Most people don’t see live music on a regular basis. It’s special.
The core experience of weddings is the spiritual and emotional beauty of two people joining their lives together. Couples honor and embrace that experience by creating a beautiful environment, and using sacred and secular rituals. The idea is to create something special and memorable, infused with beauty in every possible way.
A lot of what couples think about as they plan their wedding centers around visual beauty. That’s a good and important thing to do, to be sure. But imagine a wedding ceremony and reception in complete silence, without a sound being heard. There would be an element of beauty missing, one that deserves as much attention as color, form, and texture.
Adding music to the experience changes everything. The sound of music conveys joy and wonder and emotion like no other medium. And when the music is performed live, its impact is exponentially increased.
The sense of presence, authenticity, and immediacy that live music brings to a wedding gives it great value, and especially so for your ceremony. The quality of sound, the custom timing and precise cueing, and the look and feel make for an exquisite and even majestic experience.
The prelude, processional, interlude, recessional, and postlude – which is to say gathering, wedding party walking in, in the middle of the ceremony, wedding party walking out, and guests departing – are all great opportunities for live music.
If your ceremony and reception are both at the same venue, it makes a lot of sense to keep the musicians playing through your cocktail and hors d’oeuvres time, and even into dinner. If you’ve engaged a band, then you’ve got dancing covered, too!
Between the choice of available instruments and performers and their collective musical repertoire, you can create exactly the feeling that you want for your wedding. From classical to contemporary, it’s all available.
A lot of ceremony music is performed by solo musicians. Violin, guitar, and harp, and if you’re in a church, organ or piano, are frequently heard. I also love hammered dulcimer and brass. We had a great ceremonial procession recently at Chase Court, my wedding venue, that was led by djembe (an African hand drum)!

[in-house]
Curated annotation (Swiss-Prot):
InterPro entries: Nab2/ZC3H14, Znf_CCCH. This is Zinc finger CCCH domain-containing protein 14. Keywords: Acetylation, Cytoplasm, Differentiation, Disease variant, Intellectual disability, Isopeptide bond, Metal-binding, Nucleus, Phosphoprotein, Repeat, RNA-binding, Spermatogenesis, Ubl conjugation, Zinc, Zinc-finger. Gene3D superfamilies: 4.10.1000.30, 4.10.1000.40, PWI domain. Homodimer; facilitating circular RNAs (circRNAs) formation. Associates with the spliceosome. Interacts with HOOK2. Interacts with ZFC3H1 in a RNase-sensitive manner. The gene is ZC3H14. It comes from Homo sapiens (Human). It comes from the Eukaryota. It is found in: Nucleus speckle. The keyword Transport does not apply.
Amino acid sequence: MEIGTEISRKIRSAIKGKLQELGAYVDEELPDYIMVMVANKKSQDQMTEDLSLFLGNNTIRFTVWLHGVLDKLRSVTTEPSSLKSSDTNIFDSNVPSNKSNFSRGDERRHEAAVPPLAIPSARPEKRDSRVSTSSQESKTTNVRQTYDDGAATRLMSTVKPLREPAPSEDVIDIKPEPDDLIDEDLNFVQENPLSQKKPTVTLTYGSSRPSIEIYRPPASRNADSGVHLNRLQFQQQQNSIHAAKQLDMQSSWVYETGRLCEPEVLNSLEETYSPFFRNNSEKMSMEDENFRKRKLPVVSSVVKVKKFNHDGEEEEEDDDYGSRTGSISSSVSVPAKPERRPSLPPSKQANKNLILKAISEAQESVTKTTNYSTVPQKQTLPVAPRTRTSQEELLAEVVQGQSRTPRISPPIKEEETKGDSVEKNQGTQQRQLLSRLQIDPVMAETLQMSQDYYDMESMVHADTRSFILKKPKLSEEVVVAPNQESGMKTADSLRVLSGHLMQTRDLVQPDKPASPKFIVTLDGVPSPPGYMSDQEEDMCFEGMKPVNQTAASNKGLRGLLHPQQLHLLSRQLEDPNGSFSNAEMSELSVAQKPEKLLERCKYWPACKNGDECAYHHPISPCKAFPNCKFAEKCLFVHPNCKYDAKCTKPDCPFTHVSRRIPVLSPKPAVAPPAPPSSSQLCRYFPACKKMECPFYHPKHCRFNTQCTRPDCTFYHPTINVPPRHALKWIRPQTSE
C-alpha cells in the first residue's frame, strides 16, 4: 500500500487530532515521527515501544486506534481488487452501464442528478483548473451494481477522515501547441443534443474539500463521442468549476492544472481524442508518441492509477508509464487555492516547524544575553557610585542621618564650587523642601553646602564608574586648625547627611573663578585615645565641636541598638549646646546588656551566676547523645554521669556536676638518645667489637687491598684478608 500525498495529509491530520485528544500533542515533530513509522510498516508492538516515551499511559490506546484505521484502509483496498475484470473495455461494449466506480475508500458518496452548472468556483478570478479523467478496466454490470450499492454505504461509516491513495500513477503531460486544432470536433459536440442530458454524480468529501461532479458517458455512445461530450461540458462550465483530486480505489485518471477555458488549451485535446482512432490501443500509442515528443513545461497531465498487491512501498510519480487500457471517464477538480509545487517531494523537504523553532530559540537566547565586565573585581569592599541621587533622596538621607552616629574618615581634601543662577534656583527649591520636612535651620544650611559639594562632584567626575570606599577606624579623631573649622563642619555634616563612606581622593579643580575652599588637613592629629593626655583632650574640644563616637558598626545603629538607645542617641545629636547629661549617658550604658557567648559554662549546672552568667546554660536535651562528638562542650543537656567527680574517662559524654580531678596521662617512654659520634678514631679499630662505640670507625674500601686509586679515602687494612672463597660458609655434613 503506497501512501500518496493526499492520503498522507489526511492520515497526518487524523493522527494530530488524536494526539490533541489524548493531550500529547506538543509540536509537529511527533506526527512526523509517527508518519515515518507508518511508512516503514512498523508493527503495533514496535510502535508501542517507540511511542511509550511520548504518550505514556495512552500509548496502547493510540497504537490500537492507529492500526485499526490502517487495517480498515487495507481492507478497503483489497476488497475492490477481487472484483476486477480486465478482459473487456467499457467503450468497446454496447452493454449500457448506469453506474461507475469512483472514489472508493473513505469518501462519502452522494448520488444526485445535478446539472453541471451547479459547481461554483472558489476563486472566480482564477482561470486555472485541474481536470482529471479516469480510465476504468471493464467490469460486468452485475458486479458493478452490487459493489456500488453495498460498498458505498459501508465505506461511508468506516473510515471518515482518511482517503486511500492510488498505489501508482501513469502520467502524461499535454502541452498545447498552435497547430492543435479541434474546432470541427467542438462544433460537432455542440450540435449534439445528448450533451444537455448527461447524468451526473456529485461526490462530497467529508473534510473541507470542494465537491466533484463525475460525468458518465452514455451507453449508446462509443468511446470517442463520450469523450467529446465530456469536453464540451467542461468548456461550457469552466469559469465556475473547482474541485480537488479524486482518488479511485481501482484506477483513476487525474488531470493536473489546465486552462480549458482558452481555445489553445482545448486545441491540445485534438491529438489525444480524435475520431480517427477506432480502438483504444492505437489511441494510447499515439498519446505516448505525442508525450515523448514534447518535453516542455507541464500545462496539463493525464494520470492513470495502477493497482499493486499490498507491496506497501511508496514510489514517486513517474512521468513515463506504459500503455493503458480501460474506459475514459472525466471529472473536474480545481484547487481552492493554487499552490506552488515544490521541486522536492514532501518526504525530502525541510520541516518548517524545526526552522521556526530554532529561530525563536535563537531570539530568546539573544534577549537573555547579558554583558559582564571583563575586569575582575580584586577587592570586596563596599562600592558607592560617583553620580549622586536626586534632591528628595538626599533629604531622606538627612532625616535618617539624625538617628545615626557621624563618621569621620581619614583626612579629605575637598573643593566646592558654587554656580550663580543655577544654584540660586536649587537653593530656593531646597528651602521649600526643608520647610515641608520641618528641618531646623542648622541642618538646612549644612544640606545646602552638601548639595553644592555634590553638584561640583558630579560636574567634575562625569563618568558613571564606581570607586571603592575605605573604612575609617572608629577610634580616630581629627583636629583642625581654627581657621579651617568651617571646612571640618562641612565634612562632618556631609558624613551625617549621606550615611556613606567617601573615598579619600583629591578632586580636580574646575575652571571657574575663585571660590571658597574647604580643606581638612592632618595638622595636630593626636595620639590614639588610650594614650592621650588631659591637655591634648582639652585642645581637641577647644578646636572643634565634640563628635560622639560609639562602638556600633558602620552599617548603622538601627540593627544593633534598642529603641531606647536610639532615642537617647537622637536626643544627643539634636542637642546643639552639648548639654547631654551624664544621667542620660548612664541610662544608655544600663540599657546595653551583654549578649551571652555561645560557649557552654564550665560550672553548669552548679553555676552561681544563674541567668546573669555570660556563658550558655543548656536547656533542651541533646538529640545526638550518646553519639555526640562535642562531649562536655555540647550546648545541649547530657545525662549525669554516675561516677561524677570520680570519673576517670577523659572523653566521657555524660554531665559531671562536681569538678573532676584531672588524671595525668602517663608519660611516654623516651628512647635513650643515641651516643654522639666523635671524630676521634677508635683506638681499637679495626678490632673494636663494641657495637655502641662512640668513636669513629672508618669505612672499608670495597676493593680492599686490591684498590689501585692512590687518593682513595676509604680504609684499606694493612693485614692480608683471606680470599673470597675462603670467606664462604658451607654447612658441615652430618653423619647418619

If you’re a wearer of the kilt, there is no better choice for leading your procession than the bagpipes! We’ve also used them at Chase Court to welcome guests (while doing our best not to annoy the neighbors), stationing them at the entrance gate while guests are arriving.
Solo musicians are fabulous, but moving up to groups brings more depth and complexity of sound. Duos, trios, and quartets add a distinct richness to the music, as well as a much larger repertoire. If you’re looking for contemporary music arranged for classical instruments, a group is the best way to go.
By the way, live music in general and groups in particular give you outstanding bang for your wedding budget buck. Among all the things you’ll buy for your wedding, live music offers some of the best value.
Back to the music. I asked violinist Chelle Fulk of Music by Anthem about musical combos. Chelle said, “I love violin and guitar because it’s very versatile. We also do a lot with violin and cello. Two violins are also nice. And flute with any of these combos works well, too.”
This past spring at Chase Court we had a violin, viola, and cello trio – as well as a quartet consisting of two violins, a cello, and an upright bass. Both groups sounded fantastic!
Another consideration is vocalists, either solo or with accompaniment. They’re especially effective for mid-ceremony, and with bands during dinner and dancing.
Live music can be part of what makes your wedding meaningful and unforgettable. The value is high, the cost is low, and the experience is magnificent!
Next time: Great alternatives to a courthouse wedding.
David L. Egan is the proprietor and steward of Chase Court, a wedding and event venue in downtown Baltimore. Visit Chasecourt.com, and follow ChaseCourtWeddingVenue on Instagram and Facebook.
- David L. Egan is the proprietor and steward of Chase Court, a wedding and event venue in downtown Baltimore. Visit Chasecourt.com, and follow ChaseCourtWeddingVenue on Instagram and Facebook.